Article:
It’s refreshing to see vegans coming forth in all areas of public life. Again, while many refuse to admit it, veganism is still regarded by many in mainstream society with confusion, derision and fear. Electing those with vegan views to public office is just one way of getting over the many stereotypes existing about this way of life. And as I’ve said in many posts, more vegans is the most direct way to changing society’s view about animals.
Amazing that – and please correct me if I’m wrong – we are still waiting for New Zealand’s first “out” vegan politician. It’s no small feat, believe me, and the person who achieves that designation will face many of the same prejudices and stereotypes as our first gay politician, our first transgender politician and others of similar disadvantaged groups. Take it from the first vegan member to ever grace Auckland’s law faculty. It takes time to break down doors of discrimination and get people to see that vegans are “people too”; just people with a different view of the importance of avoiding the consumption of animals and animal products.
The two men charged with the dog killings in Wellsford have now appeared in court. It was pretty much a standard appearance to enter a plea, and they won’t be back in court for a few more weeks, when a pre-commital hearing will take place. The surprising piece of information coming out from this appearance was that the two defendants have elected a trial by jury. Had anyone asked beforehand, I would have bet heavily that they would have gone for trial by judge alone. Seems to me that their only chance of success in this case is showing that the dogs didn’t suffer sufficiently during the killing spree, and were killed quickly. As hard as that sounds to believe, it would have a better chance of success before a judge, who would have a strong understanding of the prosecution’s burden of proof, and would be less likely to be swayed by the emotions of the situation. I struggle to believe a jury will care about technicalities in light of the number of dead dogs, the “massacre-like” nature of the killings, and the sheer craziness of it all.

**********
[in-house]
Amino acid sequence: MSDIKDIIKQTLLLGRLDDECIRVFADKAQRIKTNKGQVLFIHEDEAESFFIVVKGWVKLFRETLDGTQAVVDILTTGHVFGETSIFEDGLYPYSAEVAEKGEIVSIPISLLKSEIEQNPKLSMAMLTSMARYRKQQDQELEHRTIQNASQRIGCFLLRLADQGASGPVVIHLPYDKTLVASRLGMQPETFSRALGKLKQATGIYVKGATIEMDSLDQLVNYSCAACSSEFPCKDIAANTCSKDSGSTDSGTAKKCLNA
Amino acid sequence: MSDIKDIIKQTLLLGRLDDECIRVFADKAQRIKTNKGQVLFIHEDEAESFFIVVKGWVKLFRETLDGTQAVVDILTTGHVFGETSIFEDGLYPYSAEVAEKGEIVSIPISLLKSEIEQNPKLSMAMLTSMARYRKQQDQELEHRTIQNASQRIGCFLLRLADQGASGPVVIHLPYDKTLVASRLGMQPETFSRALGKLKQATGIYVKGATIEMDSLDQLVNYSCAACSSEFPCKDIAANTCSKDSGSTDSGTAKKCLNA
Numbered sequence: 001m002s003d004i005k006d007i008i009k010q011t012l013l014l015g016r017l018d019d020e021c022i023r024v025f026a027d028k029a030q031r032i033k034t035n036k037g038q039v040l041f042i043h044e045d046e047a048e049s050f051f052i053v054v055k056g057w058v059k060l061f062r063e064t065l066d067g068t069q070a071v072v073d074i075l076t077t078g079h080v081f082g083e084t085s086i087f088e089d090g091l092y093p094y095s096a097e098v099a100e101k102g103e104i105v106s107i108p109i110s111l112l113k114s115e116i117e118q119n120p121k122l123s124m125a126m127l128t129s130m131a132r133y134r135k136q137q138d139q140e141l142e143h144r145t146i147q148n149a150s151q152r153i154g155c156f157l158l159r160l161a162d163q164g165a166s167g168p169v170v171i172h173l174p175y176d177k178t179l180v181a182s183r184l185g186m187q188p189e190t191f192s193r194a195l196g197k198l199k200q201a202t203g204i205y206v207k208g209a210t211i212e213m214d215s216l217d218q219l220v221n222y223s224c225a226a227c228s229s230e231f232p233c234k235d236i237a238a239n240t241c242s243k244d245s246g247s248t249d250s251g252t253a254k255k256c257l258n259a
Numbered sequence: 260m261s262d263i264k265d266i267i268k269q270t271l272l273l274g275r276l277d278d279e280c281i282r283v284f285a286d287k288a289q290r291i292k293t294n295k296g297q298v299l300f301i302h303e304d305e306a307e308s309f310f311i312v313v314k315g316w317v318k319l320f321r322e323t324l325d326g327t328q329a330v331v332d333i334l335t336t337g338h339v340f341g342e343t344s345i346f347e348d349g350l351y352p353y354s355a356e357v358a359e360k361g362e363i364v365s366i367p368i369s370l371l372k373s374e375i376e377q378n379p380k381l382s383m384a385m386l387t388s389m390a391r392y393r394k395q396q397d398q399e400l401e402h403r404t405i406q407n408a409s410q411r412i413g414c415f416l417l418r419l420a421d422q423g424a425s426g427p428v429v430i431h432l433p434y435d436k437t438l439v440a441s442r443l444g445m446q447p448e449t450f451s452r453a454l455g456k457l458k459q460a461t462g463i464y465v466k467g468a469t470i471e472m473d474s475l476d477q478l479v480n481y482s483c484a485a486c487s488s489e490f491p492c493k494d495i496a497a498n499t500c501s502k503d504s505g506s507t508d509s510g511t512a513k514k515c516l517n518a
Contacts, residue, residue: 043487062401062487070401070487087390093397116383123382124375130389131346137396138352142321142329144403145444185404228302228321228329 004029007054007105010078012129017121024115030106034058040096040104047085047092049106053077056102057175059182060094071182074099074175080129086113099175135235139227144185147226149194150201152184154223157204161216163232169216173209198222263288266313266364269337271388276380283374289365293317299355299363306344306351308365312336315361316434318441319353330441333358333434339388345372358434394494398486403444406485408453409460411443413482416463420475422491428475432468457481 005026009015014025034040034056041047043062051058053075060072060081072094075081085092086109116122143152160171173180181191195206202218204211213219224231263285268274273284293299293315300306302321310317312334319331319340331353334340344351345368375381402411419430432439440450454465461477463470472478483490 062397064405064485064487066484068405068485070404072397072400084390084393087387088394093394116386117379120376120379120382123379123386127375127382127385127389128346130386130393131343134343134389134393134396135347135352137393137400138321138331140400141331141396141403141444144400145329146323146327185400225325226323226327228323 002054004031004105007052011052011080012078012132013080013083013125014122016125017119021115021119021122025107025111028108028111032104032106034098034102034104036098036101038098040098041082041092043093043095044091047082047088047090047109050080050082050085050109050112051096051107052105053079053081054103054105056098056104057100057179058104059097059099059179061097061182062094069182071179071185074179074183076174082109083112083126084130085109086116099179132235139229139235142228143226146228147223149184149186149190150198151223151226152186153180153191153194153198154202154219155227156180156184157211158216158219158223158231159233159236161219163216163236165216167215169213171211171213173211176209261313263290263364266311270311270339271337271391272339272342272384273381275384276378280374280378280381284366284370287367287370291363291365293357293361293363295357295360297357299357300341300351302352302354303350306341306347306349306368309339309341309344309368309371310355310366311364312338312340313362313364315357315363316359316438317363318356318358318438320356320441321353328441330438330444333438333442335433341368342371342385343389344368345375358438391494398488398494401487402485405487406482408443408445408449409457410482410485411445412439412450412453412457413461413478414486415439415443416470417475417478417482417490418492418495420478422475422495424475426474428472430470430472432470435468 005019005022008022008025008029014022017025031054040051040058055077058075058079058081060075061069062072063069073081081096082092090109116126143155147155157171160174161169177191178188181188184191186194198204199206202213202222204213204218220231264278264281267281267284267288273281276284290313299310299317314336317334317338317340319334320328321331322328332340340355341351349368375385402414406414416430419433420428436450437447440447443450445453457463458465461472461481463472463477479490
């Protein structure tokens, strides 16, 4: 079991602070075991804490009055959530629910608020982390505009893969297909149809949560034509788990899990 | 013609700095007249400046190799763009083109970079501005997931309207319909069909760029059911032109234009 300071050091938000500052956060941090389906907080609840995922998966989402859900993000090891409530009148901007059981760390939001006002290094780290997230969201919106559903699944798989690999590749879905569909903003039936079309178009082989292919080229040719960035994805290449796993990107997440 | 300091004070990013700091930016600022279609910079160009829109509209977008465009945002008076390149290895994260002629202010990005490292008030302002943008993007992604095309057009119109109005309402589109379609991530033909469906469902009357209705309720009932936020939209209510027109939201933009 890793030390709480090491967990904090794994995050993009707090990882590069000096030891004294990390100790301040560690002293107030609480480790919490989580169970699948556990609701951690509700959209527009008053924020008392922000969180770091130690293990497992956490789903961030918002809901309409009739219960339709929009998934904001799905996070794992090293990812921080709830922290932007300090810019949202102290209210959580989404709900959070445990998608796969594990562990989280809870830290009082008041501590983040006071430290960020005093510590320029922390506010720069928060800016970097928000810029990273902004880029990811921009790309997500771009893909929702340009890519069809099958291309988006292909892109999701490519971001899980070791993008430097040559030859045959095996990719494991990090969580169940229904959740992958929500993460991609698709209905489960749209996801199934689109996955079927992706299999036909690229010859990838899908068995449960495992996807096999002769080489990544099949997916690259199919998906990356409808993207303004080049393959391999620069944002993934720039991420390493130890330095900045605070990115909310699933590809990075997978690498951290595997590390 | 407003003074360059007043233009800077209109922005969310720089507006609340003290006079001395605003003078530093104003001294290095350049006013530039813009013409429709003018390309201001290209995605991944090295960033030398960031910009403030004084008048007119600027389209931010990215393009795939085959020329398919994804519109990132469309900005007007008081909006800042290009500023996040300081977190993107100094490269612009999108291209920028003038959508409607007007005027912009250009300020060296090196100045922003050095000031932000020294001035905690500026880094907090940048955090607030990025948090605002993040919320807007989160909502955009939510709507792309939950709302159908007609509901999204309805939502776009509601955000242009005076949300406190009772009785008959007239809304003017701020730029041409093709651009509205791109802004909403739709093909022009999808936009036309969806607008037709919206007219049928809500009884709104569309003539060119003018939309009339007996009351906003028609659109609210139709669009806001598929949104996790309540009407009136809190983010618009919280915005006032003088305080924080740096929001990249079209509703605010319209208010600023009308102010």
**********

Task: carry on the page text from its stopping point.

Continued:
The defence’s most likely strategy is to put the dog owner on trial, suggesting that he had too many dogs, that their own dog was killed by his, and that he consented to the killing and is the real person to blame. They may well be able to weaken his credibility as a witness, and perhaps sway a few jury members who worry about dangerous dogs. As I’ve indicated in prior posts, Mr. Hargreaves is no choir boy, and has a lot to answer for himself – but I still don’t see how attacking him buys an acquittal.
This case should be won or lost on the basis of the scientific evidence, and the SPCA’s ability to show that the dogs suffered. Regardless of the reasons for the killing, it was done in a manner that the SPCA should be able to show was detestable, and the owner’s actions will not be enough to legally absolve the defendants of responsibilty for what happened. Still, with a jury involved, it should be a rousing trial, and an interesting one to follow.